Belgian Pinfire Help required

Discussion in 'Curio & Relics Forum' started by 53catalina, Apr 29, 2012.

  1. 53catalina

    53catalina New Member

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    Hi all

    i am new to this forum but from what i have read on other posts I feel you may be able to help me with some info.

    I have attached photos of a Belgian Pinfire Folding Trigger Revolver. This belonged to my grandfather who fought at both Ypres and The Somme, he was wounded in both battles and buried to his neck on one occassion. Although he was injured twice he returned to the trenches on a third occasion to continue the battle for his country. The stories of his life in the trenches was never told, as he refused to ever talk about what he witnessed.
    So this little item is something that may know more than we ever will.

    It has the Belgian mark of ELG over a star on the revolving chamber, and a letter 'R' under a star. The Barrel also has a letter 'R' stamped at the end nearest the chamber.
    Would anyome be able to identify a maker from this letter, or does it narrow down the age of the pistol?
    From other posts, would this have been made in Liege?

    I have also seen mention of single and double action pistols. What does this refer to?

    The trigger only pulls backwards, and has to be pulled forward manually so that the pistol can be refired. Is this a case of some broken springs?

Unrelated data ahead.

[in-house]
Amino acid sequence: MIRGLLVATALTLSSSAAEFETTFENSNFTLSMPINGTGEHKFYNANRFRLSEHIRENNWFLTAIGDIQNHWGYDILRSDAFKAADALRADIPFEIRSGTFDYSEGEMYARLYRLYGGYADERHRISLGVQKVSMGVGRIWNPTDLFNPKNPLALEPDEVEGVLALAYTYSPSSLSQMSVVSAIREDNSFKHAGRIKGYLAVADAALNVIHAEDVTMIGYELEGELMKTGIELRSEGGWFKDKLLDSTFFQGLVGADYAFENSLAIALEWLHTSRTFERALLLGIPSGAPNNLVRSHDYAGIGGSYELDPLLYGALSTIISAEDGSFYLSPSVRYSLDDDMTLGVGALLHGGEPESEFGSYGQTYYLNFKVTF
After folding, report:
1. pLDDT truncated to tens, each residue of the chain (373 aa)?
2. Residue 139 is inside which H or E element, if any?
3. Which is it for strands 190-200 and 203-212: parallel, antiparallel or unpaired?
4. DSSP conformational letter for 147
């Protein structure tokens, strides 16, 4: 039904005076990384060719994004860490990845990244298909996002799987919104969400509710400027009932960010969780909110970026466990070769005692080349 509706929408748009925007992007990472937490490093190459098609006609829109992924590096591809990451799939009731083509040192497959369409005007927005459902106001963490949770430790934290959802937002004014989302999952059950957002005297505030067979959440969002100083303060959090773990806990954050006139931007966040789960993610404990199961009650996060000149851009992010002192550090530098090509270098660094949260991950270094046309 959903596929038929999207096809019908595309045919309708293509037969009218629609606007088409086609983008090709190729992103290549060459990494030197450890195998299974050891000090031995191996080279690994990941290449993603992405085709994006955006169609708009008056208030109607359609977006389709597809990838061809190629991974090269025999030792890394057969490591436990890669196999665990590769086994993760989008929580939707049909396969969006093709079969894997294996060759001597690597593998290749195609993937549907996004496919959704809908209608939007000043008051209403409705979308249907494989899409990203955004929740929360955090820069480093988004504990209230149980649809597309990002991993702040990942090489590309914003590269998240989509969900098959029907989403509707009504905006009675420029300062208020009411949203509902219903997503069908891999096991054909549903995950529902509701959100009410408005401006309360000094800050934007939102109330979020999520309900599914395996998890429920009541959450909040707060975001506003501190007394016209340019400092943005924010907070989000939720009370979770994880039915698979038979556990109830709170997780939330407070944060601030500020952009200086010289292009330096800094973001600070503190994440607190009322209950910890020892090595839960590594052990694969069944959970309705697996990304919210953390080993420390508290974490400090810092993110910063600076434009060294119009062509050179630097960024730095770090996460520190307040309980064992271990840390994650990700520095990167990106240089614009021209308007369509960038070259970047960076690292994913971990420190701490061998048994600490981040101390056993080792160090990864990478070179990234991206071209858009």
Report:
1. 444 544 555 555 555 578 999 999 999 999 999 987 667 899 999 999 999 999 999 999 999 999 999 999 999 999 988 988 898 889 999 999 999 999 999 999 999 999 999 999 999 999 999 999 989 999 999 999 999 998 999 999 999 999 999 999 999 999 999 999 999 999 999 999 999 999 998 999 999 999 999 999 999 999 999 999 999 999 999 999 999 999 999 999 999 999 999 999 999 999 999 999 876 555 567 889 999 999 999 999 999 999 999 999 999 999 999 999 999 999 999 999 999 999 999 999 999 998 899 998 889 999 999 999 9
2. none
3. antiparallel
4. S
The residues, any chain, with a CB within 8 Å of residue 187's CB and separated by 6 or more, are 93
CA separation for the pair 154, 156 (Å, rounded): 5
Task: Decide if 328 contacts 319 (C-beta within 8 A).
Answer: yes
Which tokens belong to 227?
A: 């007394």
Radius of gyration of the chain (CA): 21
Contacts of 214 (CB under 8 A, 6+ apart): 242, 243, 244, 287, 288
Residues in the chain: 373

Why does the trigger fold?

    I hope you dont mind all the questions about this family heirloom, and I look forward to your replies.

    Kind regards
    Dan

    [​IMG]

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  2. RJay

    RJay Active Member

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    Star over a alpha letter is the inspectors mark. The EIG looks to be an ELG in an oval over a star, which was in use for handguns from 1866 until 1893. Single action versus double action. On a revolver, if you pull the hammer back and it stays and then be released to fire with a pull of the trigger, that is the single action mode, by using the trigger to pull the hammer back until it releases to fire is called the double action mode. If the gun is fitted to do both it is called a double action revolver. Some revolvers can only be fired by using the trigger, some only by cocking the hammer and pulling the trigger. I don't know how yours is set up with out examining it in person. Belgium had a vast cottage industry before and right after WWI. In 1909 alone, 1,500,000 firearms were proofed in Liege. Many of them unmarked as to maker. Indeed the maker may have been several shops. One shop would make the barrels and frame, another would fit the action parts and yet another would fit the grips or stocks. At that time I believe there were only three large makers that were able to turn out a firearm wholly within their own shops. Most of the listed so called makers were in reality , retailers, who purchased their firearms from the small shops. The actual maker may never be known. BTW the trigger folds to make the gun more compact for pocket carry. Now if your not confused then you have not been paying attention. Others may have more or more valid information. Hope this helps.:) ADDED: The R on the barrel means the barrel failed proof and was sent back for rework.
    Last edited: Apr 29, 2012